Some critics said Comey's new position is an example of the inherent sensitivity when high-level officials jump into lucrative jobs at companies that depend on government largesse.
Danielle Brian, executive director of the Project on Government Oversight, said there do not appear to be conflicts of interest between Comey's work at the Justice Department and his new job at Lockheed Martin. But, she asked, "isn't there an incentive created not to go after these companies, because you have, in the back of your mind, 'I may want to work for them someday'? That's at the heart of the insidious nature of the revolving door, and that's why we really have to try to fix this problem."
Comey said he had never dealt with Lockheed Martin during his years as deputy attorney general or in his tenure as U.S. attorney in Manhattan, perhaps the busiest prosecutor's office in the country.
Lockheed Martin's board of directors is well-stocked with prominent former government officials, including E. C. "Pete" Aldridge Jr., former undersecretary of defense; Gen. Joseph W. Ralston, former vice chairman of the Joint Chiefs of Staff; Adm. James O. Ellis Jr., former commander of the U.S. Strategic Command; Gwendolyn S. King, former commissioner of the Social Security Administration. The company also has many of former government officials in its executive ranks and has hired numerous former members of the House and Senate to lobby on its behalf.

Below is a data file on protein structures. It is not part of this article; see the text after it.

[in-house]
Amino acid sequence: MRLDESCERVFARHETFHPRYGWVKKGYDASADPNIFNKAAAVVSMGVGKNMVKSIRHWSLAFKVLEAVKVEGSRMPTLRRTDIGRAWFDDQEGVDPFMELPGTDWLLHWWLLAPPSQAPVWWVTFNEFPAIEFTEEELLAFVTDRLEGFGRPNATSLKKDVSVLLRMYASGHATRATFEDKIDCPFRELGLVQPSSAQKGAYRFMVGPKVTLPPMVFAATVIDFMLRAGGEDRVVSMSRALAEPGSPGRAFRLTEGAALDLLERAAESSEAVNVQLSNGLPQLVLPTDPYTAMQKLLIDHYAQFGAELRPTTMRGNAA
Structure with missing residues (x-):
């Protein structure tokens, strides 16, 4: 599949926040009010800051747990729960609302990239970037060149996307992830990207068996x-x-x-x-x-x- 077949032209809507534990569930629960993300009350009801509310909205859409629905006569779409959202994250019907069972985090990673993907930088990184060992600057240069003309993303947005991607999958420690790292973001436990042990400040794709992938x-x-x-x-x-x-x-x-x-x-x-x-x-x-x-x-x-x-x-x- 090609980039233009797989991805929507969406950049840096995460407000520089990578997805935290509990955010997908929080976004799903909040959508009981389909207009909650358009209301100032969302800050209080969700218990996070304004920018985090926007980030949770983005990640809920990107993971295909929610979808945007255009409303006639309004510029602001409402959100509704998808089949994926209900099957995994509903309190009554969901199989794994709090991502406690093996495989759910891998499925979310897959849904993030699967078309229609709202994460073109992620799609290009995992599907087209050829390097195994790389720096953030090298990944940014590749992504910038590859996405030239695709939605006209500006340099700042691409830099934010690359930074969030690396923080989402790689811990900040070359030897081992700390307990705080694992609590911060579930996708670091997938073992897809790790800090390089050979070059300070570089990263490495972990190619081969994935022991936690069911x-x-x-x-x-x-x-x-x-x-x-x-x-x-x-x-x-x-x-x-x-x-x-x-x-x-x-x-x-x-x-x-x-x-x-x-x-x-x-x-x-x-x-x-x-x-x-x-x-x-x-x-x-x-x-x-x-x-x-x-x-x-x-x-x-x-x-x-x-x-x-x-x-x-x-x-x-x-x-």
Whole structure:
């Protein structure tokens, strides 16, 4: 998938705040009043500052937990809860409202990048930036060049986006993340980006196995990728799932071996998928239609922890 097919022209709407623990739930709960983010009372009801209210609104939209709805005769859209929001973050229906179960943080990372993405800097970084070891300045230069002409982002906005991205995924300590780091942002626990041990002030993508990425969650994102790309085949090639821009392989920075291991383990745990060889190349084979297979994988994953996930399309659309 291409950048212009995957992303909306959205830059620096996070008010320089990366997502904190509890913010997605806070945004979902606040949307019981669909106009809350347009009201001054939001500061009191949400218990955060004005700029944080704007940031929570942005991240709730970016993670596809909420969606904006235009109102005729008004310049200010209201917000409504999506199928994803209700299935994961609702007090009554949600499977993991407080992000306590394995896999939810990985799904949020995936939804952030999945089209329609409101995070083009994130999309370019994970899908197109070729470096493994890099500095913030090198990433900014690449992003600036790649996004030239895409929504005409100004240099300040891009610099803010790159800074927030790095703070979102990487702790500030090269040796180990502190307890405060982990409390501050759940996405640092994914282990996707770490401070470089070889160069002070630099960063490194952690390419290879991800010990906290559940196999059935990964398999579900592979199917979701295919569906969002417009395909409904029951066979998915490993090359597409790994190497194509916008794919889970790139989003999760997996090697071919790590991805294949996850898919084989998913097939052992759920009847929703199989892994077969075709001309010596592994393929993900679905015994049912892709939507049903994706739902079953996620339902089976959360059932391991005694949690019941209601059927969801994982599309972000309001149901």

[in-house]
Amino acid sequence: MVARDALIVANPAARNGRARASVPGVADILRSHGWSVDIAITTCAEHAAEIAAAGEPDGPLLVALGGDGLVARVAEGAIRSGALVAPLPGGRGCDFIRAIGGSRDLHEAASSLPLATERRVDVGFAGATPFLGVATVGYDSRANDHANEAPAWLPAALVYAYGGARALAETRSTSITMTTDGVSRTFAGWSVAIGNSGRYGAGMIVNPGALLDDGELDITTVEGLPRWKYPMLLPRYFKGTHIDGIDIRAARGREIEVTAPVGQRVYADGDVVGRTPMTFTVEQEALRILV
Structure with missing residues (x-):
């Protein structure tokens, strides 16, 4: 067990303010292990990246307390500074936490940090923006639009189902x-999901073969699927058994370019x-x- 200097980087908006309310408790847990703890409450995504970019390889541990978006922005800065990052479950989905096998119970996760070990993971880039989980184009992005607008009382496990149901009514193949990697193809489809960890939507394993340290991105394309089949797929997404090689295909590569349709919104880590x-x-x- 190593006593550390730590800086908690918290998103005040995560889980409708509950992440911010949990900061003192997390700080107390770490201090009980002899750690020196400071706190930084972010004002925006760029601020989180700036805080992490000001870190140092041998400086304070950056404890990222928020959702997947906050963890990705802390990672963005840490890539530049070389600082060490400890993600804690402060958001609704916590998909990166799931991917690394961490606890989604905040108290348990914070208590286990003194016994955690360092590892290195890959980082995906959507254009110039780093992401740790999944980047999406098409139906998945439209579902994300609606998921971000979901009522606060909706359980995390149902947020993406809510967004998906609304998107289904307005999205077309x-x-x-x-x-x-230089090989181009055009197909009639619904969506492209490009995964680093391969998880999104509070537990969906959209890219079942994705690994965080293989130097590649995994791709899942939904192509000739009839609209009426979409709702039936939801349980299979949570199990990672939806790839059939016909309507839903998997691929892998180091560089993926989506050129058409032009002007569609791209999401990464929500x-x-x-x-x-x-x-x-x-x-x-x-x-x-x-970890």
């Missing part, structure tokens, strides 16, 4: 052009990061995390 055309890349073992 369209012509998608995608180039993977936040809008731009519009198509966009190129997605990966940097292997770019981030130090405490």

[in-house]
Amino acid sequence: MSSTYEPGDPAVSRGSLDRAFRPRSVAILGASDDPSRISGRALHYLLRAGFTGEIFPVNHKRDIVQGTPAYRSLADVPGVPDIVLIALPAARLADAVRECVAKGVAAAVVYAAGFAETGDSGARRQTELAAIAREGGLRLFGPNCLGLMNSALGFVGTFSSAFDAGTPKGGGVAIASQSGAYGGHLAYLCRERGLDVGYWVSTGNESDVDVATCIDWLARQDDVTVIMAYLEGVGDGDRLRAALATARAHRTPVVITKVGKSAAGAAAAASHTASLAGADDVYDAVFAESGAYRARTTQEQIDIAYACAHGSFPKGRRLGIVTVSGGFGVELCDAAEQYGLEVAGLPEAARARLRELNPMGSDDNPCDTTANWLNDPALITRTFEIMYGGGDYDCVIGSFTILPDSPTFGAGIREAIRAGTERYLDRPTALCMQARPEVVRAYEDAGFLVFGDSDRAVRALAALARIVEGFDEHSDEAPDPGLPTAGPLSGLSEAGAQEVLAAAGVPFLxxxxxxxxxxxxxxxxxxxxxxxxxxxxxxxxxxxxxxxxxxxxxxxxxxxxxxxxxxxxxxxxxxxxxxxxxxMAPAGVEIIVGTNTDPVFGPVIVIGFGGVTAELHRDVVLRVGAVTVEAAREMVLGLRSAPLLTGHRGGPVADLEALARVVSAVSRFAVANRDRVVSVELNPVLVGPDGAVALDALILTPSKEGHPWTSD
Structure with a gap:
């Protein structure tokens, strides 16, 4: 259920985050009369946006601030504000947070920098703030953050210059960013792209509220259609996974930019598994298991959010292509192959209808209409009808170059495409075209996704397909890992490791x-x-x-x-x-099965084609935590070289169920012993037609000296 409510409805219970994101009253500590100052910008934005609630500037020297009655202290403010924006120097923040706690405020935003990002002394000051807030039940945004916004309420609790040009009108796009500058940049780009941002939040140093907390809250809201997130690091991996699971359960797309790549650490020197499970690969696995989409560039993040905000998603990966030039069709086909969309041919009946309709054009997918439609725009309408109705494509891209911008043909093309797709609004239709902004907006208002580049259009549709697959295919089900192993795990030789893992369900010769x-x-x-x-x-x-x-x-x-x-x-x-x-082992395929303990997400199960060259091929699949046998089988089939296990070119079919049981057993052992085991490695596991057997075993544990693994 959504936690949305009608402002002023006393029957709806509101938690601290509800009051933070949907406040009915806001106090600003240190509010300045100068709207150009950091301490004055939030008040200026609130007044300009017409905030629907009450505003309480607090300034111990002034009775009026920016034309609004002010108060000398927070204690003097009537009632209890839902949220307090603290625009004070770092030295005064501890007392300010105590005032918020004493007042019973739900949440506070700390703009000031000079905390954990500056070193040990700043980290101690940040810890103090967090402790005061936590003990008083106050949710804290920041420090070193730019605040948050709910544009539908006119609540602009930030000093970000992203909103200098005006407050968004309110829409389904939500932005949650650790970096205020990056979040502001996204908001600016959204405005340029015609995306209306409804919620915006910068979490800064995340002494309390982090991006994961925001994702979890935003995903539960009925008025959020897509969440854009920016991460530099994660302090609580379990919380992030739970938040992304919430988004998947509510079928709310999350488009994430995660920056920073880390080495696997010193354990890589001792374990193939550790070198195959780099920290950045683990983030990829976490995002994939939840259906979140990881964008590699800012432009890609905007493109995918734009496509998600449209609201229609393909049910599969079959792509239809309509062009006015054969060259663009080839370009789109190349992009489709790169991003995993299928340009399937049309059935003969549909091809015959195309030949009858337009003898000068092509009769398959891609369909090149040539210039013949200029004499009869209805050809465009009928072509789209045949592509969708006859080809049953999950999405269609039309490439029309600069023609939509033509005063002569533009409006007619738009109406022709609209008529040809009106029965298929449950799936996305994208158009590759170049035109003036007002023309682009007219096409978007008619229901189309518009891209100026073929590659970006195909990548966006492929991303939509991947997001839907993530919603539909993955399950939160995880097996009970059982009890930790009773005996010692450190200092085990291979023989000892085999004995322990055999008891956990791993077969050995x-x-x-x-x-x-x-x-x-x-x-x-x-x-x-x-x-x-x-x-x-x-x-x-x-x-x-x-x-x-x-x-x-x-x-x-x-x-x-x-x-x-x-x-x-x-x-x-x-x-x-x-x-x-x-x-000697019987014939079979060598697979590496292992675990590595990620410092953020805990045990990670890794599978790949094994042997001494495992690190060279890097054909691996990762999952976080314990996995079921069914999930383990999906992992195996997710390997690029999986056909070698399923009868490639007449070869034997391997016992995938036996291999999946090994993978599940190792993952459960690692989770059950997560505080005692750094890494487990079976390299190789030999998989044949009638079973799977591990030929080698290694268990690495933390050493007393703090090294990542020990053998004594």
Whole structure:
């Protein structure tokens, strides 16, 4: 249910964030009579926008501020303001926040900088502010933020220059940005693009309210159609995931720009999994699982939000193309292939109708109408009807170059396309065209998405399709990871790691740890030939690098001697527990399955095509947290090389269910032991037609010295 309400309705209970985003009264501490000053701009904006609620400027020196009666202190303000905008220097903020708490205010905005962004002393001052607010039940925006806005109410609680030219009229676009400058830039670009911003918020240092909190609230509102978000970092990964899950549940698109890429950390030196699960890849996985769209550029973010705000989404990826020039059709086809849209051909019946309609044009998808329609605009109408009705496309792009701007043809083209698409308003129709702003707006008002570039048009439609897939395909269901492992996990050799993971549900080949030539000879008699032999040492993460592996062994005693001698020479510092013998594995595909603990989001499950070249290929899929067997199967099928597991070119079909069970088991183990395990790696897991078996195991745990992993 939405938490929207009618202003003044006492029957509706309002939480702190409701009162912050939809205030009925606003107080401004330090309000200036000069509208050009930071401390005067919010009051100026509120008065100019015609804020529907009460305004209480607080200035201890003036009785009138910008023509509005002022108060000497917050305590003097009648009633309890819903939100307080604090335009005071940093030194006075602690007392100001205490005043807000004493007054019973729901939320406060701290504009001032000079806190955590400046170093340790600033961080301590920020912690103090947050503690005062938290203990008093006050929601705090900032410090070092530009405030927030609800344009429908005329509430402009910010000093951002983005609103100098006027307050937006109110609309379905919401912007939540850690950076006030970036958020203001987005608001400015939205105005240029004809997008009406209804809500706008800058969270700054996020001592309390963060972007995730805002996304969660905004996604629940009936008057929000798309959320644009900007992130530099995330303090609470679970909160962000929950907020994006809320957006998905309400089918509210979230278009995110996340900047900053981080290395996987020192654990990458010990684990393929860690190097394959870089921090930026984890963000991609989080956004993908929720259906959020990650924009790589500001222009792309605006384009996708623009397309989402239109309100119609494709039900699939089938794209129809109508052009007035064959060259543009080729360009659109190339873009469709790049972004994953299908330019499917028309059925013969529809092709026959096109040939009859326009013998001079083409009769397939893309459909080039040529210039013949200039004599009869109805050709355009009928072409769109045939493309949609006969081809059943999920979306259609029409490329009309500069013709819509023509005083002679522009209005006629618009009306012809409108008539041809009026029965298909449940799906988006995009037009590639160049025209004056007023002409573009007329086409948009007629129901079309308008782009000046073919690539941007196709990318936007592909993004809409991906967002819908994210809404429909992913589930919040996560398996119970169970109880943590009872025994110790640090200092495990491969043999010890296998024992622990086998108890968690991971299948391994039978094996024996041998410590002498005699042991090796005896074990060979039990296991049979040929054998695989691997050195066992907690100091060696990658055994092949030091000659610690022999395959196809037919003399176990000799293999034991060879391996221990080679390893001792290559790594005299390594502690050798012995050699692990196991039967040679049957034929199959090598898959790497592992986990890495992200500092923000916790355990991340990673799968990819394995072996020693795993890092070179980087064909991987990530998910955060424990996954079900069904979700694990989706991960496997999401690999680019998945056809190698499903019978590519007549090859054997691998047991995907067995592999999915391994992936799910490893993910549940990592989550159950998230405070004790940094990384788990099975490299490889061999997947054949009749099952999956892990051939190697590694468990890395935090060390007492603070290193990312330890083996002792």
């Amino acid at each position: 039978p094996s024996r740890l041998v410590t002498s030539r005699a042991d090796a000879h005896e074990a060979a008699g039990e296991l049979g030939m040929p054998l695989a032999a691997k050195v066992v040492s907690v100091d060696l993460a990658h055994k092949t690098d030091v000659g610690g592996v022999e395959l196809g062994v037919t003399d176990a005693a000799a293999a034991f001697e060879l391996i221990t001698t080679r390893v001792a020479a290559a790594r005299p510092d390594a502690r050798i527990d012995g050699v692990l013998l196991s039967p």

Among the cases Comey may face once he takes over is a suit filed against the company last week by the Equal Employment Opportunity Commission that accuses Lockheed of ignoring an employee's complaints of racial harassment. The suit is based on the allegations of Charles Daniels, an electrician who worked at Lockheed facilities and claims he was subjected to racist jokes and threats by co-workers and a supervisor. A company spokesman said last week that Lockheed attorneys were still reviewing the case and were not prepared to comment on it.
Holder, the former Clinton-era official, said Menaker, who is retiring, has been "one of the deans of American general counsel."
"He leaves big shoes to fill," Holder said, adding with a laugh, "but you know, Jim Comey's got big feet."